When the American League Division Series begins Thursday, these six players will be among the potential difference-makers worth watching …
Ooh. Daring pick, right? Most valuable player candidate, leads the major leagues in batting average by 15 points over his closest competitor, gets over 200 hits for the fourth consecutive season and becomes the first player in history to lead the majors outright in that category in his four consecutive seasons … and he’s one to watch? Eight-for-21 lifetime against Game 1 Boston Red Sox starter Chris Sale, 7-for-19 against David Price … and he’s one to watch?
All true, as is the .154 average in six games in his only other post-season appearance, 2015. Time to burnish the credentials …
Nice regular season, kid, leading or second in the world in WAR (depending who’s measuring) and becoming only the fourth rookie to break 1.000 in OPS, joining some guys named Ted Williams, Joe Jackson and Albert Pujols.
But this is the Bronx, and October is when it matters. Just ask Derek Jeter, who hit .314 in winning the 1996 American League Rookie of the Year Award then hit .361 in the post-season on the way to a World Series ring, showing he knew how to find centre stage when he hit the Jeffrey Maier home run in the American League Championship Series.
Judge’s performance in the AL wild card win over the Minnesota Twins hints of much bigger things to come.
The discussion about the best pitcher in the American League has been between Kluber and the Boston Red Sox’s Chris Sale. And while the Red Sox’s rotation is much thinner than that of the Indians, Kluber’s preference for sticking on a strict five-day routine forced manager Terry Francona into saving him for Game 2 to keep him in line for a potential Game 5 start on regular rest. Trevor Bauer goes in Game 1.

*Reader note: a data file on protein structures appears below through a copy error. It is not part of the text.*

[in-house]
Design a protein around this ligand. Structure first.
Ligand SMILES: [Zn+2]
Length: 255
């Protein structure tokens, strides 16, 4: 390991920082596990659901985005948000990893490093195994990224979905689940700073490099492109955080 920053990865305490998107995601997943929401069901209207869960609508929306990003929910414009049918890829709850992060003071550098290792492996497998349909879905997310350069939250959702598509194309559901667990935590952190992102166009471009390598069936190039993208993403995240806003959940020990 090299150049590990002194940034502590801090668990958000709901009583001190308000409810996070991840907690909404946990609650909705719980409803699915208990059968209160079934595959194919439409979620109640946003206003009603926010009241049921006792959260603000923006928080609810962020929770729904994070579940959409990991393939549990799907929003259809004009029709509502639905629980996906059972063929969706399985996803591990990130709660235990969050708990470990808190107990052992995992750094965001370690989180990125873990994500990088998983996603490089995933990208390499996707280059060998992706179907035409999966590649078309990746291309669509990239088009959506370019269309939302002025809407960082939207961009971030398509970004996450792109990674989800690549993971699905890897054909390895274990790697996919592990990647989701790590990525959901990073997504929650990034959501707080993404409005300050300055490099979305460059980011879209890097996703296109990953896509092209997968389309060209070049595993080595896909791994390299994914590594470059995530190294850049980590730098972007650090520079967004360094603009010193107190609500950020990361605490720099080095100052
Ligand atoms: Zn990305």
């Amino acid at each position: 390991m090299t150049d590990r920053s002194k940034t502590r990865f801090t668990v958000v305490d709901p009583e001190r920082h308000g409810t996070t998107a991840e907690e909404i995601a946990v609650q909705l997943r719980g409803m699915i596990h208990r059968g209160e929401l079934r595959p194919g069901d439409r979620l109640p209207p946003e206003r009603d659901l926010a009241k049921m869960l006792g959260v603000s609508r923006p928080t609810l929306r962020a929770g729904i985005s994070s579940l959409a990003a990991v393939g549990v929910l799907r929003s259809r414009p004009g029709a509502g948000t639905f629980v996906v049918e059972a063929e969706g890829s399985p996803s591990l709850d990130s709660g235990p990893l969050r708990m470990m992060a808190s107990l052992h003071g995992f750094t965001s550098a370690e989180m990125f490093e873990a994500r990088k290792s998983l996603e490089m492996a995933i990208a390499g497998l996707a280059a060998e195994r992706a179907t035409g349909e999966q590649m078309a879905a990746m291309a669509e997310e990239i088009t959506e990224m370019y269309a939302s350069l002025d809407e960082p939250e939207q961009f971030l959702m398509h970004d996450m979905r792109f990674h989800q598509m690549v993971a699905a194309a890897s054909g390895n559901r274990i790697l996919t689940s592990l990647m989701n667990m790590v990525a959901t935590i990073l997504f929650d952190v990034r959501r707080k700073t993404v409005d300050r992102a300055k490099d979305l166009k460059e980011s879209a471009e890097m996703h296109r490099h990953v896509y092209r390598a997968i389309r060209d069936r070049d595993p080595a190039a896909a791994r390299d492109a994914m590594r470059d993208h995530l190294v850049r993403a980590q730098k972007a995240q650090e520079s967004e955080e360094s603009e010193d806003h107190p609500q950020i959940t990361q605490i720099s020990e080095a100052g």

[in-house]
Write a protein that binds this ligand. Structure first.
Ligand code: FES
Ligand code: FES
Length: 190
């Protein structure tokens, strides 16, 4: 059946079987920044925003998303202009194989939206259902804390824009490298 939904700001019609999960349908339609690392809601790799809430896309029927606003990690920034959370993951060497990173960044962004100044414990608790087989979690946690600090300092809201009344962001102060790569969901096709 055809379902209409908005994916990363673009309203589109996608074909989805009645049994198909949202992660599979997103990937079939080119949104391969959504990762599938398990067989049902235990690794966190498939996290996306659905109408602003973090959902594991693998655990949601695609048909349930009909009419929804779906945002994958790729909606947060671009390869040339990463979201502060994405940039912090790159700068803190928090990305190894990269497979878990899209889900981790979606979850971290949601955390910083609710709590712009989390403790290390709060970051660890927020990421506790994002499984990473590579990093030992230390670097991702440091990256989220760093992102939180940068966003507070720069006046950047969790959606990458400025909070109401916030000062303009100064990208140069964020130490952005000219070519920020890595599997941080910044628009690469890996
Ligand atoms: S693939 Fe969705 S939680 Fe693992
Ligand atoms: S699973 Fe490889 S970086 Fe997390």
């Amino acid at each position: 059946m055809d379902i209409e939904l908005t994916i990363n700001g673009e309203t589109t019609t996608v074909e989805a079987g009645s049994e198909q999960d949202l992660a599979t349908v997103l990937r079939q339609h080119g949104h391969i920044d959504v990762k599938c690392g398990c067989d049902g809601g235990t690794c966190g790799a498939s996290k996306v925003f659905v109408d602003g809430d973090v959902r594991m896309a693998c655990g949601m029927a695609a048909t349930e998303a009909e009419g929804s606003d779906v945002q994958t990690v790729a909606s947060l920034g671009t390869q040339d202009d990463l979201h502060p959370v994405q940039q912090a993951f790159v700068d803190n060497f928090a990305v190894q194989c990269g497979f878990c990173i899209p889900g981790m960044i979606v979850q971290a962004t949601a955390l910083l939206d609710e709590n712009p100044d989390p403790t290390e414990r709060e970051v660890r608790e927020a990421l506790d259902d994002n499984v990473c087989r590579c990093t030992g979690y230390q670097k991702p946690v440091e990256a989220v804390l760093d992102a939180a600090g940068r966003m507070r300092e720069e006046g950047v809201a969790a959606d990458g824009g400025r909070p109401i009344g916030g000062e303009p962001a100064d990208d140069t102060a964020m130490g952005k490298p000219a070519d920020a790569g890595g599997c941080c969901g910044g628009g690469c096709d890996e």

Francona’s the best manager in the game, so he knows what he’s doing, and Kluber was a horse in the post-season last year — making six starts, including two on short rest — but he’s just brought a little extra spotlight on himself.
Addison Reed/David Price, RP, Boston Red Sox
No cop out: Red Sox’s manager John Farrell seems to have settled on Reed and Price as his righty-lefty bullpen tandem to set up closer Craig Kimbrel, and Reed has had success against the Astros, albeit in a small sample size.
The Red Sox had their problems this season but they know how to fight back (winning 14 games in which they trailed by three or more runs) and they led the majors with 11 wins when trailing after seven innings, while going 15-3 in extra innings. Since Aug. 1 they’ve been 19-9 in games decided by three or less. That’s testimony to good relief work, vital against an offensive dynamo like the Astros.
Gary Sanchez, C, New York Yankees
Never mind the offence, the franchise record for homers by a primary catcher (33), the major-league leading 79 runs, 90 RBIs and .531 slugging percentage at the position. It’s Sanchez’s defence that will be tested in the playoff cauldron, and while he was a better defensive catcher in the final seven weeks of the regular season, throwing out 40 per cent of opposing baserunners and allowing four passed balls after permitting 12 passed balls and throwing out 27.8 per cent in his first 64 games, his game-calling and sloppy setup has created issues — Masahiro Tanaka has had trouble picking up his signs — to the point where there was an active debate in New York as to whether the team wouldn’t be better served having Sanchez at designated hitter.
Not what a team wants to hear in October, especially when it’s preparing to face one of the smartest teams in baseball managed by a guy who knows when to press the issue.
Justin Verlander, SP, Houston Astros
The Astros didn’t get Verlander to win a division. That was done when he joined the team. Verlander was acquired to win a World Series, and in five starts since his acquisition from the Detroit Tigers he’s gone 5-0 (1.06), continuing a three-month streak in which he’s gone 10-3 (1.92) and is second in innings-pitched and first in opponents batting average. Verlander has historically been tough on the Red Sox, holding this collection of Red Sox players to a .211 career average. None of the Red Sox’s 11 hits off him have been homers; six of the 11 have come off the bat of Mitch Moreland.
• Astros over Red Sox in 4
• Indians over Yankees in 3